'They should all be killed in an oven': 17,500 Anti-Semitic Tweets after Israeli Victory over Spanish Basketball Team
Twitter users in Spain posted 17,500 messages of anti-Semitic abuse after Israeli basketball team Maccabi Tel Aviv defeated Real Madrid on Sunday night to win the Euroleague Championship, reports the Jerusalem Post.
Jewish groups in the Catalonia region filed a legal complaint over the messages, which flooded the Twitter network after Maccabi's 98-86 overtime win.
Angry Spanish supporters of Real Madrid created an expletive anti-Semitic hashtag in their messages after the match, which briefly became one of the most popular keywords on Twitter in Spain.
“Now I understand Hitler and his hate for the Jews” said one angry Tweet. “They should all be killed in an oven” read another post.
Ruben Noboa of the Jewish group "Israel in Catalonia" said he launched the lawsuit after seeing references in some messages to death camps, mass murder of Jews and the Holocaust. "When we saw reactions to Maccabi's victory such as 'Jews to the oven' or 'Jews to the showers,' we decided to lodge this judicial complaint," he said.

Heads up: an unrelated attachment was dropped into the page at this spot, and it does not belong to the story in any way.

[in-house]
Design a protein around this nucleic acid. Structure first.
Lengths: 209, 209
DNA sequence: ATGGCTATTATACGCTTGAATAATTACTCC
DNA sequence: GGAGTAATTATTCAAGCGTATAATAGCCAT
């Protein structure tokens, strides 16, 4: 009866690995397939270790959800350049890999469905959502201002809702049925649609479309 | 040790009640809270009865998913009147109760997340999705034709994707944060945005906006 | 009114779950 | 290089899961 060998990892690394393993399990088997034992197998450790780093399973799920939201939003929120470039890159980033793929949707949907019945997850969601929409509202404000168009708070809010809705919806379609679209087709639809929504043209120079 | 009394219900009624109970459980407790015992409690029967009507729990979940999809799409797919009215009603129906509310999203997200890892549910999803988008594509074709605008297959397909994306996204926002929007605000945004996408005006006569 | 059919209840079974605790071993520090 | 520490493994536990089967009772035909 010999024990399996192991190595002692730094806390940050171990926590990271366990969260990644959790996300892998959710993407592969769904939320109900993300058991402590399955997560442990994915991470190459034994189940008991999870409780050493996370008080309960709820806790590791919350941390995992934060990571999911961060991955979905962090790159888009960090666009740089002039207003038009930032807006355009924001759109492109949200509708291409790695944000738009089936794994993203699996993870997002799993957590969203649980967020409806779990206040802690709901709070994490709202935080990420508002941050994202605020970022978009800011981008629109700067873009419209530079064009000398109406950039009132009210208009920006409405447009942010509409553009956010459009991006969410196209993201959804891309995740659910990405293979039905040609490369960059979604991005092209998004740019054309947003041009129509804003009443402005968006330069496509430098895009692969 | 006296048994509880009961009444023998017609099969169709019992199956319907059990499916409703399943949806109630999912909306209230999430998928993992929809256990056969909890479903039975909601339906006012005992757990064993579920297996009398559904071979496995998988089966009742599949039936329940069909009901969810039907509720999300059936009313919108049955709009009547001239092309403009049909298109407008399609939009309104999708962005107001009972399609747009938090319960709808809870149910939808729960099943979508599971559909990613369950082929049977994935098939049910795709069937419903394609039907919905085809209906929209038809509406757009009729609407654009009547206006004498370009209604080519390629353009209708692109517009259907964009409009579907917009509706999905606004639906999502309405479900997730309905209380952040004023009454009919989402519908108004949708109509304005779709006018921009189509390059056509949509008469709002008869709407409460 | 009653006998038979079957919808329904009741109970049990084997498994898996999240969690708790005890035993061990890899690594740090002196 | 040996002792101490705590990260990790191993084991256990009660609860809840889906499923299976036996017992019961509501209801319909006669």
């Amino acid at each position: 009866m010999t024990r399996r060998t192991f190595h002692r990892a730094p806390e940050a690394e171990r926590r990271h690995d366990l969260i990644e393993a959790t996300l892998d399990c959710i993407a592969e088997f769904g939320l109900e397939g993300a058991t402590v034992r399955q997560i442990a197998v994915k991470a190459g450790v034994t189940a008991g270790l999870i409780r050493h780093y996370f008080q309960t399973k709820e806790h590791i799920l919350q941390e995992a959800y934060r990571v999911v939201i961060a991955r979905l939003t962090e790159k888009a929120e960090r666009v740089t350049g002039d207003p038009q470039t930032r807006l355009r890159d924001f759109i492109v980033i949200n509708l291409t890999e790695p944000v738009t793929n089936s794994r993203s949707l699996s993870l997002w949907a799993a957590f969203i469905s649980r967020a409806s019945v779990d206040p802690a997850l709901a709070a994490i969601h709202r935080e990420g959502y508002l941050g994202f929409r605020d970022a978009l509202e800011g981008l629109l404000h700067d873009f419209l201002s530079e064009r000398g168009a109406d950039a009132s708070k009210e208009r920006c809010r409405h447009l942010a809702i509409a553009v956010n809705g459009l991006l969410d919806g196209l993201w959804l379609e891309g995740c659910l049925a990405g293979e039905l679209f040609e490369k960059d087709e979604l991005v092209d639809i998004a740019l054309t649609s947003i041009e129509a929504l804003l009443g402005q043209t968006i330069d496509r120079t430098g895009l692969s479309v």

Eleven other Jewish associations have joined the lawsuit, which has presented copies of anti-Semitic tweets to state prosecutors. The associations singled out five people who were identified by their real names on Twitter, accusing them of "incitement to hatred and discrimination" - a crime punishable by up to three years in jail in Spain.
The majority of the messages were anonymous.
Spain has a very small Jewish community, as Spain expelled its Jews in the late 15th century. "Hardly anyone here knows any Jews, but the cliches and stereotypes persist and are also fed by Catholicism," said Noboa.
A recent extensive analysis of global anti-Semitism by the Anti-Defamation League (ADL) found that Spain was the third-most anti-Semitic country in Europe, after Greece and France.
Spanish Interior Minister Jorge Fernandez Diaz last week launched a crackdown on "defense of crime or incitement to hatred" on the web, in response to online messages that glorified the murder of a ruling party politician, Isabel Carrasco. Police have arrested at least three people for insulting Carrasco on online services such as Twitter.
The Jewish associations behind Tuesday's lawsuit called on the interior ministry to take a similar line against the anti-Semitic abuse over the basketball match.
Anti-Israel responses to the Tel Aviv team's victory also arose at London and Milan street celebrations, as fans of Maccabi were confronted by provocateurs trying to unfurl Palestinian flags. In each case, the Israel-supporting celebrants responded by chanting pro-Israel slogans and singing Israel's national anthem. The protesters, heavily outnumbered, retreated.